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The Postmortem of a Failure: How to Evaluate & Even Avoid Failure

by Colleene Isaacs

“Why did I fail? I did it by the book. I listened to my advisors. I corrected course based on what others recommended…”

“The business was a good idea, the timing was probably just off…”

“I knew I was in God’s will. He would provide and make it successful. How could I go wrong with Him on my side? I can’t figure out what happened…”

Does any of this sound familiar? Has this, or a variation of this, narrative been your own?

If this has been your own experience, how do you begin to dissect and understand what happened?

The Standard Reasons for Failure?

Most business experts can easily recite the top five to seven reasons for business failure. However, the reality is… the reasons for failure in any particular business cannot be summarily reduced to a quick list.

The manner in which we think about our failures is flawed, because we are flawed. Failure is multi-faceted, and complex, just like the humans who craft the scenarios in which failure thrives. 

I believe that when we think about failure – our own failure – we can’t remove ourselves from the final equation. We tend to think more readily of ourselves as the masters of our success, yet we are equally the masters of our failure.

God Created Us to Think “Whole-istically”

God created humans to think like Him about his creation. He created us in His image – the Imago Dei – and to think about and operate within His creation “whole-istically:” When sin corrupted his plan, his image in us did not change. What did change was our perception of, and response to, His imprinted image. Let me explain…

I Am More Than Just “Business Me”

Whole-istic thinking does not come easily to us. We tend to compartmentalize the many tangible, as well as intangible, elements of God’s creation – from the spiritual to the physical to the social. We rarely consider our work from the perspective of the integrated whole, even though his creation is the embodiment of intricately designed inter-dependencies.

When I walk out the door to head to the office each morning, I don’t just bring the business side of me. Accompanying “business me” is the spiritual, emotional, and physical boxes that make up the total package of “me.”

Tucked within those boxes are all the problems, concerns and anxieties I thought I left safely locked up on the other side of the door. Some of us are better at hiding certain boxes than others. However, for most of us, some of those unwanted boxes will eventually make it into our business domain. No matter the mechanisms we construct to prevent this.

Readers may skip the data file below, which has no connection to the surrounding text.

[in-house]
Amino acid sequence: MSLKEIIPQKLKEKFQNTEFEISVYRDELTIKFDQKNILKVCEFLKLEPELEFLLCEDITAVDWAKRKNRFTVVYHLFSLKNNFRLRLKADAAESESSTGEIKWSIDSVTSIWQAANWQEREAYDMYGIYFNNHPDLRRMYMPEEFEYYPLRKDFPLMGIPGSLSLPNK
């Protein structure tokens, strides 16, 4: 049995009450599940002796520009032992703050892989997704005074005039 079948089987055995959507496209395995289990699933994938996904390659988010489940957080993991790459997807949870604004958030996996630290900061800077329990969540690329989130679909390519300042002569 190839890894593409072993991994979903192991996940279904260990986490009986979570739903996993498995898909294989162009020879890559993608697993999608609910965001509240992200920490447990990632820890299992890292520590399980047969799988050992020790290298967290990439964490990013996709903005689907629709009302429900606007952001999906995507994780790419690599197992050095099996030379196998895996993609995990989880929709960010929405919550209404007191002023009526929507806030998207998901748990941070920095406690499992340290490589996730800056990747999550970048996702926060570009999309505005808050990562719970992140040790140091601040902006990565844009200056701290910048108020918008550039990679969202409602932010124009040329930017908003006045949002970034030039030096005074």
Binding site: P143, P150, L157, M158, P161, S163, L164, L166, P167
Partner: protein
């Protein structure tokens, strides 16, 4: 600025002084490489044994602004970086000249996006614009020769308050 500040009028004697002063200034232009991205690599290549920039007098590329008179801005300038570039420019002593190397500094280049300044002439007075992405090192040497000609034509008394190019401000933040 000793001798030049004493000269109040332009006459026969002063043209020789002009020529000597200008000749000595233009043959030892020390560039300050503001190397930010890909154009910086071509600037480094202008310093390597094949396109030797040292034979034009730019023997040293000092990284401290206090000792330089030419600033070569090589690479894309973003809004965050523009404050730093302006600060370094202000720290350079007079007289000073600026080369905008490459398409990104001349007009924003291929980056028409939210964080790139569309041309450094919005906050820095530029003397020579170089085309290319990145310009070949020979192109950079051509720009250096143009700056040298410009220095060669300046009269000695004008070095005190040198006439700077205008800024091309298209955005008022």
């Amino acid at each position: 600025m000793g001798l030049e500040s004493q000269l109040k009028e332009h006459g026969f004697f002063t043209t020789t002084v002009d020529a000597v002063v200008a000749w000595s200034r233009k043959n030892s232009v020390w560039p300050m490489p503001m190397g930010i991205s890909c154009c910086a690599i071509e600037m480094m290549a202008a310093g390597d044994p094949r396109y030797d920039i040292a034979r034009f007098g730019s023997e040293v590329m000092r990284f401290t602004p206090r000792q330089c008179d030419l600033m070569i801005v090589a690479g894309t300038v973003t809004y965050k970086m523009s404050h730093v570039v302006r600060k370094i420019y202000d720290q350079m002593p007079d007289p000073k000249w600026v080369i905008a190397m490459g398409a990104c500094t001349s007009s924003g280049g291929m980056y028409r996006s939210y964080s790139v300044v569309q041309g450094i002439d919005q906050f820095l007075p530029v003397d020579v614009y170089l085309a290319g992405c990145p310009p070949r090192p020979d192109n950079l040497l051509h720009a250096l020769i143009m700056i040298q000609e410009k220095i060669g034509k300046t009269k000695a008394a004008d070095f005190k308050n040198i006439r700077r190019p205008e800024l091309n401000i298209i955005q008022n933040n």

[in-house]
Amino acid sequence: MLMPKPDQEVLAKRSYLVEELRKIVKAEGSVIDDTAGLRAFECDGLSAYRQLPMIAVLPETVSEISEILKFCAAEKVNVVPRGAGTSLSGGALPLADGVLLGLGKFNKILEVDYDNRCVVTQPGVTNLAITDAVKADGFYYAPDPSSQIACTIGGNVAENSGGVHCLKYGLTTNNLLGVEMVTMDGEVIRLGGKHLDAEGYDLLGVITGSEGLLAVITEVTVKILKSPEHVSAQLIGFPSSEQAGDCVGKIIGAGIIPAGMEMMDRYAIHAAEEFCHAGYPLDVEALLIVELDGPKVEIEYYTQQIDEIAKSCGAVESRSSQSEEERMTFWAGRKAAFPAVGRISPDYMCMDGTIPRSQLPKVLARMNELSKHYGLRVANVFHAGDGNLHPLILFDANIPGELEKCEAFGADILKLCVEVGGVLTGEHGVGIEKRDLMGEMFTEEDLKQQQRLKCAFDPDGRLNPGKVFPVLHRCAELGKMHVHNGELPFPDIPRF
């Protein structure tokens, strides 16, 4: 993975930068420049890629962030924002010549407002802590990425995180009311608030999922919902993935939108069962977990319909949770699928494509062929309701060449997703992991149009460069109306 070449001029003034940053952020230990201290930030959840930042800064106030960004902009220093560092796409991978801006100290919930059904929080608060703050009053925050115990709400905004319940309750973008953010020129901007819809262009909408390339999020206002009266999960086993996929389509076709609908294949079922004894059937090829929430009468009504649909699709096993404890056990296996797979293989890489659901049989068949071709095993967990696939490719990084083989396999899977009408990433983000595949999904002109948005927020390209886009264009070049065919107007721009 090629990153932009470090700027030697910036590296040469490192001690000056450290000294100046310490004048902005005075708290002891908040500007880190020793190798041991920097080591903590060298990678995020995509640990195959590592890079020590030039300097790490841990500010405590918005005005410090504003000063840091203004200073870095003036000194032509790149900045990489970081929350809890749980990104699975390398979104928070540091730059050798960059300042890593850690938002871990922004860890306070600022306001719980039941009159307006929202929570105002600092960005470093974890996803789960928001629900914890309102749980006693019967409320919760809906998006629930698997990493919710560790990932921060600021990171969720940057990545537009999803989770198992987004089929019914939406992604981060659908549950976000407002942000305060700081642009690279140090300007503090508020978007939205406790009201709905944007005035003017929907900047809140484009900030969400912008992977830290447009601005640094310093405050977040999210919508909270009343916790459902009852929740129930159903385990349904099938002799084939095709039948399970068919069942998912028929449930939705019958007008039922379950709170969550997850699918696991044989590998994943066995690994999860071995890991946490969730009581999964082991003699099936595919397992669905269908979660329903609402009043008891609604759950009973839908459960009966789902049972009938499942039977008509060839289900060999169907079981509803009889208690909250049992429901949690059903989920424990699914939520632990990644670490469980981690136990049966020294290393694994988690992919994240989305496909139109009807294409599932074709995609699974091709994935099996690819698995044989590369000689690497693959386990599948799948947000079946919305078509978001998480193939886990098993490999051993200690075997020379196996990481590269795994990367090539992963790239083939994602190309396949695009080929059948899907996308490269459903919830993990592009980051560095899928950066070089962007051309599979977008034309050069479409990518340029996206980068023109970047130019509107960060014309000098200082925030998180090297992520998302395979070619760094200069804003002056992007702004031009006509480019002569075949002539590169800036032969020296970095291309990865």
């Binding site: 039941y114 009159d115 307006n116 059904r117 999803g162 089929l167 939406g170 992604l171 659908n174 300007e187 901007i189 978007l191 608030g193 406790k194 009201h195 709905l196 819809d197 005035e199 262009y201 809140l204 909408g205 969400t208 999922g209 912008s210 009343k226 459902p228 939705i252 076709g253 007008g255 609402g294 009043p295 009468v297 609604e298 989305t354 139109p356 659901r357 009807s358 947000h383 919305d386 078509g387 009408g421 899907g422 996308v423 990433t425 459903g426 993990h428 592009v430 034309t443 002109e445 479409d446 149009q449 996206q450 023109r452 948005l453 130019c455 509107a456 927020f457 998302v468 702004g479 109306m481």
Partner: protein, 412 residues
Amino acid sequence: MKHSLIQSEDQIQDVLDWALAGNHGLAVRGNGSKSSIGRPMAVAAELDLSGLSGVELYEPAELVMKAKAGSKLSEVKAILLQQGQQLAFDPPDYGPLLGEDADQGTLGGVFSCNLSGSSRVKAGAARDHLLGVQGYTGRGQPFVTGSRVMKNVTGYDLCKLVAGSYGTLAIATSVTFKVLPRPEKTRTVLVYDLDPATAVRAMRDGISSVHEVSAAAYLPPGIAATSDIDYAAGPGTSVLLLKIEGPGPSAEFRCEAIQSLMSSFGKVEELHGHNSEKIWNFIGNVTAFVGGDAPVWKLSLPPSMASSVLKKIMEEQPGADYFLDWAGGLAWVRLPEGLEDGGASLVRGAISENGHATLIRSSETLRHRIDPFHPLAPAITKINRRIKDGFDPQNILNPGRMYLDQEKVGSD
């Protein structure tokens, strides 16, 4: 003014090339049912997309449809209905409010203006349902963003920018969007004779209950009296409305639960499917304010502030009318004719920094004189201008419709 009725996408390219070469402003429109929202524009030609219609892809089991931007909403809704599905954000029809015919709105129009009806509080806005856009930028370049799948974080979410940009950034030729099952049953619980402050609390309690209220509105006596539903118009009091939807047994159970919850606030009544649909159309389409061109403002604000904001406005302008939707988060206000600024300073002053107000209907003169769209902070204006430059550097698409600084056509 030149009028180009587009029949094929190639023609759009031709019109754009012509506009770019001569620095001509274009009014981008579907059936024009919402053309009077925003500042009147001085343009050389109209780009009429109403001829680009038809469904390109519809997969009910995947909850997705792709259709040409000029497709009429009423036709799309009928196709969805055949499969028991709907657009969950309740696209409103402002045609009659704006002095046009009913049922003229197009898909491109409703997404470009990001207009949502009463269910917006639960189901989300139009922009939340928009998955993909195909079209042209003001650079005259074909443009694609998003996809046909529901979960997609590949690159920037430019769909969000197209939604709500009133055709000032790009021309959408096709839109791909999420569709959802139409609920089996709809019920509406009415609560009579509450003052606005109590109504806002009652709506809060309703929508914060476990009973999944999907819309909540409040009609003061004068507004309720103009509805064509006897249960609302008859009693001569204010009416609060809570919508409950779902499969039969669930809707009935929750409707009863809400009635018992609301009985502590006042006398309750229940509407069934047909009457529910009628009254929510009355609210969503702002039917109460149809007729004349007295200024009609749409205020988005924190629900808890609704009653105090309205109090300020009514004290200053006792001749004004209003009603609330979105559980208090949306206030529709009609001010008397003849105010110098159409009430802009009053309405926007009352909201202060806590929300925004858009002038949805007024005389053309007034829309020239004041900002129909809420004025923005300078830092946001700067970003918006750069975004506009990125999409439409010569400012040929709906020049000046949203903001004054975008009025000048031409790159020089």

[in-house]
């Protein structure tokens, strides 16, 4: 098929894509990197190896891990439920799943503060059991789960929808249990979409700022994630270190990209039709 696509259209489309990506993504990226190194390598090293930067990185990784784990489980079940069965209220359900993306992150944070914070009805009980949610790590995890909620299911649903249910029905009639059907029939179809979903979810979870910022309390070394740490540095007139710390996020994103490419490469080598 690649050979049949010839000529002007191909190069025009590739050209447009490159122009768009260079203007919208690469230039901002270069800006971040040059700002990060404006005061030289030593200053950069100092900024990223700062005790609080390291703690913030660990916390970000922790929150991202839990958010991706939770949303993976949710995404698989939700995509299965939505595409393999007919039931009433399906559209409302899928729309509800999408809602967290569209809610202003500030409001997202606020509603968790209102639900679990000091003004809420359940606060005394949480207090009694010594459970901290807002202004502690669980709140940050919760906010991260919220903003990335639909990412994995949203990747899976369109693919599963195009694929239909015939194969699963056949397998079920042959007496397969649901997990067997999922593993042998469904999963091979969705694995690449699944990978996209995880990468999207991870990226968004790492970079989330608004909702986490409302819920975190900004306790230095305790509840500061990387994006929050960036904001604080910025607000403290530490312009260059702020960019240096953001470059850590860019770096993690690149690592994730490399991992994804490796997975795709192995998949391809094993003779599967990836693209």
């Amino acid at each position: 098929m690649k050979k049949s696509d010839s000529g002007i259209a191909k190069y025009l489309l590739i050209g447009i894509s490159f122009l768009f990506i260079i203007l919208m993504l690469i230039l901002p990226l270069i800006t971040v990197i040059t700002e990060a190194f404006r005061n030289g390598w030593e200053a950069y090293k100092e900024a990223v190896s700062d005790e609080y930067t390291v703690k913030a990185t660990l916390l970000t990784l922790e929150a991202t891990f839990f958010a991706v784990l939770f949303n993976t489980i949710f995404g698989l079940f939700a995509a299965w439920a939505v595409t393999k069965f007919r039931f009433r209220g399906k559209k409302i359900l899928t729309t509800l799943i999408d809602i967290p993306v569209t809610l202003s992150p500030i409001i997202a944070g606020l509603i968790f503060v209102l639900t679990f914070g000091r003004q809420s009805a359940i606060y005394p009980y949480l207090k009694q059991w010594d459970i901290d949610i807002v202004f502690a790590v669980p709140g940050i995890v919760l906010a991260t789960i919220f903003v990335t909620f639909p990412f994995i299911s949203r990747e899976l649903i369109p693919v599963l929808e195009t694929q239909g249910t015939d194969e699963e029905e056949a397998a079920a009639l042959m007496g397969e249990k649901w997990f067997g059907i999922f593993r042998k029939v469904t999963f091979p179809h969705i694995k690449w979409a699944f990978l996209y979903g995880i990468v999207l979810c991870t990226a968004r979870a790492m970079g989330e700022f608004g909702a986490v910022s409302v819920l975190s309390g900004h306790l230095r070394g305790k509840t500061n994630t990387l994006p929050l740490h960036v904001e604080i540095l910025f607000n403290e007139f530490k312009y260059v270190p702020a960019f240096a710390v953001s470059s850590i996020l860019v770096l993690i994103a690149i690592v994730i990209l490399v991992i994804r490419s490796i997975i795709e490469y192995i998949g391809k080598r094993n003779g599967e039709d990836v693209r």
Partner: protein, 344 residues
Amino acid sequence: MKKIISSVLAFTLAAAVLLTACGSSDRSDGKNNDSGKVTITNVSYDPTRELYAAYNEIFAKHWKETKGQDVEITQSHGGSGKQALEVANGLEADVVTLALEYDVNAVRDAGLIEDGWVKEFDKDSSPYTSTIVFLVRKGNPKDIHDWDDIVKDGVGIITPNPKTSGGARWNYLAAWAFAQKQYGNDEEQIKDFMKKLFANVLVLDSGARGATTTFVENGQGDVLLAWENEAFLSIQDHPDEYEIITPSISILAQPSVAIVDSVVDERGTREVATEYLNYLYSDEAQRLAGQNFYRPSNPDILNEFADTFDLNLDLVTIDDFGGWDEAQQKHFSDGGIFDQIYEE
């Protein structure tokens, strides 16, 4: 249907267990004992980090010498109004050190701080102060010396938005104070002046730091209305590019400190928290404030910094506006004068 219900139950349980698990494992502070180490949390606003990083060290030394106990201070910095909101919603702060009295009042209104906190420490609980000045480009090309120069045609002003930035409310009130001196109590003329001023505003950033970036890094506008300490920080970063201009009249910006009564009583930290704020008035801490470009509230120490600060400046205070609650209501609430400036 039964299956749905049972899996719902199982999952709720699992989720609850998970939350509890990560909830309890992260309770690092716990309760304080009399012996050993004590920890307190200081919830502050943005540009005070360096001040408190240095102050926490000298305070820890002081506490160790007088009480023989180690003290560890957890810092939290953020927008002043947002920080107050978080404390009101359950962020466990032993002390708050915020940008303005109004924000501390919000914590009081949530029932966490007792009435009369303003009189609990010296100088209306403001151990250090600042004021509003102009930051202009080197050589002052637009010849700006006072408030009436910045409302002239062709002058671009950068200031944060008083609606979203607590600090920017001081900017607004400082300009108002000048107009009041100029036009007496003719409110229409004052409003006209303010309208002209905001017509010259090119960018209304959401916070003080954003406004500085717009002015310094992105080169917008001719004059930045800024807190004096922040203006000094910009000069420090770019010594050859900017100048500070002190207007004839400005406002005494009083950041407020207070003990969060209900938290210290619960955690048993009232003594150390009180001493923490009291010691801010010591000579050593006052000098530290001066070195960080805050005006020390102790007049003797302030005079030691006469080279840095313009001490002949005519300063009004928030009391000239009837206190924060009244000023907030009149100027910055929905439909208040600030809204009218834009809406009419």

This ability to create and operate within “islands” of life is how we attempt to exist within our structures, systems and institutions. Not to say this is entirely wrong, however, I believe it is incomplete and gives us an incomplete perspective.

Flawed Failure Postmortems

When we undergo the process of evaluating business failure, our postmortems tend to look at the cross sections rather than the integrated whole of the business. If a doctor attempts to diagnose a brain problem from a tissue sample or cross section, rather than an entire brain scan, the bigger problem will most likely remain undiagnosed. Is it any wonder all prevailing business wisdom comes from looking in the rear-view mirror? Every situation is always contextual. This is why Good to Great eventually morphed into How the Mighty Fall. No two companies carry the same context or the same humans. Each has DNA unique to that organization

When highly paid consultants walk into a dysfunctional or failing organization, most will only look at discrete organizational cross sections. They will study the financials, marketing strategies, sales quotas, customer demographics, management experience, etc. Many don’t have the time or understanding to look into the”command and control” center of the organization. The unspoken burdens, the cultural sticking points, the deeply rooted behavior patterns that originated in childhood, the fixed, often unbending mindset of the founder or CEO. All of these narratives coalesce to give rise to the eventual toppling of the organization

Evaluating and Doing Business in a More Wholistic Way

How then do we seek to understand, learn and apply the lessons learned from our unique experiences? How do we reframe our narrative so we are less likely to fail catastrophically in the first place?

Here are some suggestions:

Consider your “Why”

As founders/CEO’s we have been given a vision for our work. The problem is we immediately build our plans, and execute to ultimate vision, instead of starting with what we have initially been given (think lowest hanging fruit). We don’t allow the Master Designer to craft towards the vision at his pace and in His time, changing course, and bringing resources as He has planned. Abraham was given a vision for his inheritance, but that is not where he began. He was given Isaac as the starting point. God crafted the rest of that story in a manner that Abraham would have never conceived. We are given the vision – not to understand and create the exact 5-year plan for how we will get there – but to fuel us in our reason “why” we do what we do. Our “vision” is the reason we get out of bed every morning.

Consider your operational style

Our origins and behavior patterns established as young people, will be key in the formation of the operational styles we employ as adults. I work with a young woman who grew up in difficult circumstances, faced with many life obstacles. It was the behavioral style she developed as a child to overcome obstacles that has heavily influenced her operational style as a young CEO. The reactive nature she developed in her youth has not always served her well as a founder. She is often over-reactive, and tends to respond to the “tyranny of the urgent.” It has been difficult for her to approach her organization from a strategic and intentional mindset. Her plans are lacking and her focus is weak. This may be great for PR, but it won’t bring her to a strong, sustainable organization. She’ll need to learn to wisely prioritize her limited resources, recognize her deficits, and bring in the talent necessary to complement her skills.